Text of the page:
Gayle Laakmann

Gayle Laakmann

CSE and MSE '05

Gayle Laakmann is a Computer Science and Engineering and MSE graduate of 2005. She is now studying entrepreneurship as an MBA student at Wharton as well as the CEO of CareerCup, a company which helps programmers and students prepare for technical interviews.  Previously, she was the VP of Engineering at EmptySpaceAds and, before that, a software engineer at Google.

Q&A with Gayle:

Why did you major in CS?
I love to build, create and innovate. I started programming in the ninth grade and first became enthused with it when I built a simple graphics bowling game. It felt real, and it felt good to point to something and say "I built this". That passion for creating stuck with me throughout my computer science major.

What kinds of skills do you use?

  • Computer Science:  At CareerCup, EmptySpaceAds and at Google, I've found an eye for clean, maintainable code to be key to a successful project. 
  • Product Design & Understanding the Customer:  Because CareerCup and EmptySpaceAds are small companies, it's critical for me to understand the customer.  What do they want?  What are their priorities?  An element of risk-taking or experimentation is also useful here, because sometimes there's no way to find out other than trying!

How would you define a CIS graduate?
To be a computer science graduate, all you need is your slip of paper. But, to be a good one, you need so much more than that. Computer Science, perhaps more so than any other major, provides you real skills that you can immediately apply. You can use it to build and sell a product without anyone else's help. That's pretty fantastic. What this means, however, is that you need to understand these other disciplines (sales, marketing, product design, etc). These skills will take you from Good to Great.

What makes CS at Penn different from other universities?
Penn offers a fantastic CS program that is well respected by the top employers. What really sets it apart, however, is that Penn grads understand more than just the programming. They understand the entire product. They see the bigger picture.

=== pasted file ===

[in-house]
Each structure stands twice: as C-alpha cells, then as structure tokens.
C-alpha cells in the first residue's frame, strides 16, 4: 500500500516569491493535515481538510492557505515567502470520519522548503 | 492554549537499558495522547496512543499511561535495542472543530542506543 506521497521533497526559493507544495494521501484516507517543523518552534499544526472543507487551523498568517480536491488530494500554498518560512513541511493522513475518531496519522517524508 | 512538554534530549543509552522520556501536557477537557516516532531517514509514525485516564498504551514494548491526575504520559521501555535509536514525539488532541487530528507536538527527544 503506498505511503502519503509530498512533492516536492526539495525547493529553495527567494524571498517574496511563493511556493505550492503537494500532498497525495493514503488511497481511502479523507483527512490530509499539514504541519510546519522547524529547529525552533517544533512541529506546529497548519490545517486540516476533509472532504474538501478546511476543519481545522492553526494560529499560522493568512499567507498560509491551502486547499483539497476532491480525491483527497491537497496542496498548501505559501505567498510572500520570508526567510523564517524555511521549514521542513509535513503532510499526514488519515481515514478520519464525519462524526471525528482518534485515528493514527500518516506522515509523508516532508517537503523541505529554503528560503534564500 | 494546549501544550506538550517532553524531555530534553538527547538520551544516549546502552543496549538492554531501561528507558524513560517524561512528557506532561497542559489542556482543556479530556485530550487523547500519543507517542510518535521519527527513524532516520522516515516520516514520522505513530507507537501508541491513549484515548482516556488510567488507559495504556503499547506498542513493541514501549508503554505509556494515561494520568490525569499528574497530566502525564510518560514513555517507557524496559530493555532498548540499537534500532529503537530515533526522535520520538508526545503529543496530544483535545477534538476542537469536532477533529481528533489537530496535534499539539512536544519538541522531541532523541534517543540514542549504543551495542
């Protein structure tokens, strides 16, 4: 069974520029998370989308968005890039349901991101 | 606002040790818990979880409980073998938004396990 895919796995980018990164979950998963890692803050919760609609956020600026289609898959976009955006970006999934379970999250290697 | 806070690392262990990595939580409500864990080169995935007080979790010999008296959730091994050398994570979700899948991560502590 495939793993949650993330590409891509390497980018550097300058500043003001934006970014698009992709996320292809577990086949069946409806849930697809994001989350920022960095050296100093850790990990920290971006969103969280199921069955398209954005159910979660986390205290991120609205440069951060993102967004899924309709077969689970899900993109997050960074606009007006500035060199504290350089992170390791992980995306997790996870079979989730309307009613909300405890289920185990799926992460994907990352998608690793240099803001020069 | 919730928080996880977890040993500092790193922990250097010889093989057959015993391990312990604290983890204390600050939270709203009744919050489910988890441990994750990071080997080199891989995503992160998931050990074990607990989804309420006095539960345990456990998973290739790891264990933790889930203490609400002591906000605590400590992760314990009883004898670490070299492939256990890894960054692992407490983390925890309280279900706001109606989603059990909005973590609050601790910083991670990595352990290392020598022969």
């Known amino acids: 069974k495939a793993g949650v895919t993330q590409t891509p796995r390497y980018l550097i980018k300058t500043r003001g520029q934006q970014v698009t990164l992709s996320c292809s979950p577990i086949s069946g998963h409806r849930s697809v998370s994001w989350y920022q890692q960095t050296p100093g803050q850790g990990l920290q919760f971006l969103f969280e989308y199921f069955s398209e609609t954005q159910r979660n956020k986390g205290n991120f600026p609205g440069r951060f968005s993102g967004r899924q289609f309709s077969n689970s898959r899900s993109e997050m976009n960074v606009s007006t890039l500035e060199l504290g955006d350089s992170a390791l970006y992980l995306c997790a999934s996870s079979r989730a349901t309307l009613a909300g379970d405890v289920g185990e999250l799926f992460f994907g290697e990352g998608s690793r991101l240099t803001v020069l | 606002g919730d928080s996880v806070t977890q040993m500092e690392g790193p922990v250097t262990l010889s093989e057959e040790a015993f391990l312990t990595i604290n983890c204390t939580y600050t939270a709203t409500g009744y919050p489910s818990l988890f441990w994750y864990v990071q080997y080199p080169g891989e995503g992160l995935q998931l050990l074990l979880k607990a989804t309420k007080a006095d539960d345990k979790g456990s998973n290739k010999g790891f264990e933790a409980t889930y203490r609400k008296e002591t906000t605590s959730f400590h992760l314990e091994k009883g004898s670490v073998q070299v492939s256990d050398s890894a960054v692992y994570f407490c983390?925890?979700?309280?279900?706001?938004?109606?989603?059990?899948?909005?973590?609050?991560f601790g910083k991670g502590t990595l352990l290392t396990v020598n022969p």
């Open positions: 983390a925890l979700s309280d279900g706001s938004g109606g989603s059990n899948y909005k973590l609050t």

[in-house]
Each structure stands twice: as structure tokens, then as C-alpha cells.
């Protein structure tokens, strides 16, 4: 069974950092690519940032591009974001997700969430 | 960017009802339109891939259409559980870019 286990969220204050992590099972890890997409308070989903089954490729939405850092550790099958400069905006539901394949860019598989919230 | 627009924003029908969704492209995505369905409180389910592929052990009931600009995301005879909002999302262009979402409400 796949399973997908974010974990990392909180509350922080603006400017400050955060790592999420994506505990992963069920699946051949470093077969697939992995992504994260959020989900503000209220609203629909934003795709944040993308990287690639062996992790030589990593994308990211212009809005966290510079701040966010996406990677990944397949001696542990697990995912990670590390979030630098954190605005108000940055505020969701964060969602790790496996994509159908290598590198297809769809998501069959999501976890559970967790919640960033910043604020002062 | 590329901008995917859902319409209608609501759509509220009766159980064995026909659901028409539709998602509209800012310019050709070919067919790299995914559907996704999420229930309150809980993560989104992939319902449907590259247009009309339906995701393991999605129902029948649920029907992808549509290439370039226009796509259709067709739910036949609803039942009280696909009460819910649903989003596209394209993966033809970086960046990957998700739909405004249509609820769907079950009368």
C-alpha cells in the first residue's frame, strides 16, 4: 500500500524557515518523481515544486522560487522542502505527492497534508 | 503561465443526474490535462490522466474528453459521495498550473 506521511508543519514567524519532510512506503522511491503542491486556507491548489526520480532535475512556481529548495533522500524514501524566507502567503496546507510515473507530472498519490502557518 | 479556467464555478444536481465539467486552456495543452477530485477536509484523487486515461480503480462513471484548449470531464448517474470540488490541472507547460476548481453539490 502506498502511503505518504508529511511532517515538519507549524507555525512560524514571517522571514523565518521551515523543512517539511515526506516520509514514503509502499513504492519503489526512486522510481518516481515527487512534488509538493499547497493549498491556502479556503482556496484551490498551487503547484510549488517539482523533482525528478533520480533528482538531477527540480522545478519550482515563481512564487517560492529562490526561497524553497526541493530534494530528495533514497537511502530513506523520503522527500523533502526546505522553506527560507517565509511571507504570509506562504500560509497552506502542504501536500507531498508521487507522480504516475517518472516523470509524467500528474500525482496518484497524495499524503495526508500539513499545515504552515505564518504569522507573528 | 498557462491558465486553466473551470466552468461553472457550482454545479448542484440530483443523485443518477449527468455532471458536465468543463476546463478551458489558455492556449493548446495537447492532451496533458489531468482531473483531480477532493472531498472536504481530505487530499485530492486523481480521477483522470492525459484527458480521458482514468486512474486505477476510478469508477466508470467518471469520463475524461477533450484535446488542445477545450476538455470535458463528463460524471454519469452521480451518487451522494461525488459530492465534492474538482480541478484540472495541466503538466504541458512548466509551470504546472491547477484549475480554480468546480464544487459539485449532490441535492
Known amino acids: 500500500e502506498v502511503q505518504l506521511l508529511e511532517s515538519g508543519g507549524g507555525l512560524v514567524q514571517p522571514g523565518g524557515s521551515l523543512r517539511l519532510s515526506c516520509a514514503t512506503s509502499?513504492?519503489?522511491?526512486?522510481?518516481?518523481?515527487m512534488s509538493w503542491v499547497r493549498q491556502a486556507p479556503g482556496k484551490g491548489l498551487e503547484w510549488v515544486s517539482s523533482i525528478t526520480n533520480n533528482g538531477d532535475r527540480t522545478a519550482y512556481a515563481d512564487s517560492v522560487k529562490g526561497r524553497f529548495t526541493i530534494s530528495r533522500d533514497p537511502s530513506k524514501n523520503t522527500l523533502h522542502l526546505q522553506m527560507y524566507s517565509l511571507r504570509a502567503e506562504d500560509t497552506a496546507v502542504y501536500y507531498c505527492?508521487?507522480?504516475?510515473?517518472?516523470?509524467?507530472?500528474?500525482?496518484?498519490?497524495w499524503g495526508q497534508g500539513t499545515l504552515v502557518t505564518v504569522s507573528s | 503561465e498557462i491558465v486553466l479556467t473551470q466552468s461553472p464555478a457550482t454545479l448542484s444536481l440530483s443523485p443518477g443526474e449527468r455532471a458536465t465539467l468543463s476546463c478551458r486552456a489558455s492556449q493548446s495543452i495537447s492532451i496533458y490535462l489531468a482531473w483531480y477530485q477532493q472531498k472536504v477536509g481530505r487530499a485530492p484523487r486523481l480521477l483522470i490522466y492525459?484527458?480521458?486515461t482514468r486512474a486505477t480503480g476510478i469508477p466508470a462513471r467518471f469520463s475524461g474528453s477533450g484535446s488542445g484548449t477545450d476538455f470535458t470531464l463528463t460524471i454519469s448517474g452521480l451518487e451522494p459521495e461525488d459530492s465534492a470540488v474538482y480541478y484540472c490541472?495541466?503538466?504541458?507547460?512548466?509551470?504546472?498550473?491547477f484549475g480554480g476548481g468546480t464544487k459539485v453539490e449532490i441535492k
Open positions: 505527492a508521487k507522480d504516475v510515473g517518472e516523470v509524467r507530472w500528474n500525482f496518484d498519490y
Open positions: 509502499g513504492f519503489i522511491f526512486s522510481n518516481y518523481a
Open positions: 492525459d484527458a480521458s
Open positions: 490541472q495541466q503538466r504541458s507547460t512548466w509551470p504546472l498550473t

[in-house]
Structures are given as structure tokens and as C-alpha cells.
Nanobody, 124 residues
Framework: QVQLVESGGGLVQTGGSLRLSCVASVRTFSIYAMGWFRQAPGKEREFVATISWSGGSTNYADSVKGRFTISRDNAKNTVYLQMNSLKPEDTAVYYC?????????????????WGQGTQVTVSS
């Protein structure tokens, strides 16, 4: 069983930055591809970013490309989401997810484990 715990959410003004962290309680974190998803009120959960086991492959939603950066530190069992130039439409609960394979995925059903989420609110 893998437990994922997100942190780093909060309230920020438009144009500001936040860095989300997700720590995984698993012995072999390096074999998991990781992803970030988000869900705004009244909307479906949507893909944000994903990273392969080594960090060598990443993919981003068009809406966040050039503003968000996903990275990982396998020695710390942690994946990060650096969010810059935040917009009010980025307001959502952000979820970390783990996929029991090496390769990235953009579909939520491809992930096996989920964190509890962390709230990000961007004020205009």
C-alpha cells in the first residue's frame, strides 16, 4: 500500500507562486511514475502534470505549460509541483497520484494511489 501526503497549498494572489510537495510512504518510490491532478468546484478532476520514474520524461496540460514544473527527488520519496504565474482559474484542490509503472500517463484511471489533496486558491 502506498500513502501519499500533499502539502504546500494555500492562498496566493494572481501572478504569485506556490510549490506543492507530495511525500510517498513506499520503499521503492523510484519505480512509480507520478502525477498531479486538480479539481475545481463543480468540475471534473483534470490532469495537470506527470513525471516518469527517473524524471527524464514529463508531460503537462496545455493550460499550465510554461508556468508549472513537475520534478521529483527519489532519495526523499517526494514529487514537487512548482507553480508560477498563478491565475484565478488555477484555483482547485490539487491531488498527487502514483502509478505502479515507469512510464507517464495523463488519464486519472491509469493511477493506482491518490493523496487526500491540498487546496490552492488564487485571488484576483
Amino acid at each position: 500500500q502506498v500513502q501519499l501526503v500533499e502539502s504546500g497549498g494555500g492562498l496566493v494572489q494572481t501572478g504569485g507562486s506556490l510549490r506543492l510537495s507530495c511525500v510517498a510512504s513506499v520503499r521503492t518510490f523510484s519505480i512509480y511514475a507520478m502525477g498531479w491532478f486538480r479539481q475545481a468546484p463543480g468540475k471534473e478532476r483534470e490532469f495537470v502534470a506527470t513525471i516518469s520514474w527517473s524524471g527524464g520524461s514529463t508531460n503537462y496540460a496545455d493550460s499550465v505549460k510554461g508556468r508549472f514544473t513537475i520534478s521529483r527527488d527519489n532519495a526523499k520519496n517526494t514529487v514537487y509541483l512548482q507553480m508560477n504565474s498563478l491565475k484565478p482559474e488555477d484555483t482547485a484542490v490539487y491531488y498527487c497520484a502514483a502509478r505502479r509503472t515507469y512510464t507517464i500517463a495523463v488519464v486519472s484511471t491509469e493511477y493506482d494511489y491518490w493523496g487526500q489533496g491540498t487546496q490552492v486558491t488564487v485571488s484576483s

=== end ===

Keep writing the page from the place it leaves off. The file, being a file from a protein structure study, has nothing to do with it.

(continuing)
Where do you see yourself in 10 years?
I envision myself running my own software company and, in all likelihood, having one or more side projects that consume a chunk of my time. I tended to keep myself fairly busy at Penn, and that has continued several years after graduation. Why narrow yourself down to just one responsibility? Variety is the spice of life!

How have you changed since graduating from Penn?
I've learned two very important lessons:

  1. Seize opportunities. Take chances. Run with your ideas and see what can happen.  Everyone gets lucky, but what sets the successful apart is the ability to recognize luck as golden opportunities.

  2. Delegating responsibilities.  I used to try to do things by myself, but I was quickly overwhelmed by too many responsibilities.  I've since learned (because, frankly, I had no choice) to hire the right people and to encourage them to make their own decisions.

In what ways do you collaborate with co-workers and team members in your job?
I believe in collaborating with bigger initiatives and reaching a consensus, but making efficient decisions independently on smaller tasks.  Thus, I always strive to talk with team members and employees when it comes to general strategy.  We work through decisions together.  On minor things, I may act independently (and I would encourage them to do the same).

Is there a class or professor in CIS that has made a particularly strong impact on you?

  • Max Mintz: Max was my professor freshman year, and my advisor sophomore year through graduation. I TA'd for his course, CSE260 / CSE261, for three years, including one year as Head TA. He was my senior project advisor. He helped me with starting a course. I learned something very important about management: trust. He trusted all his TA's implicitly, and empowered us to make our own decisions. When you trust people, far more people will make you proud than will disappoint you.
  • Engineering Entrepreneurship / Tom Cassel: The two courses on Engineering Entrepreneurship taught me so much about starting a company. Now that I'm running various businesses, I frequently refer back to the lessons from this course: Cash is king, ask your customers what they want (but don't take them too literally), don't grow too fast, don't grow too slowly, etc. As the economy declines, these lessons are more important than ever.
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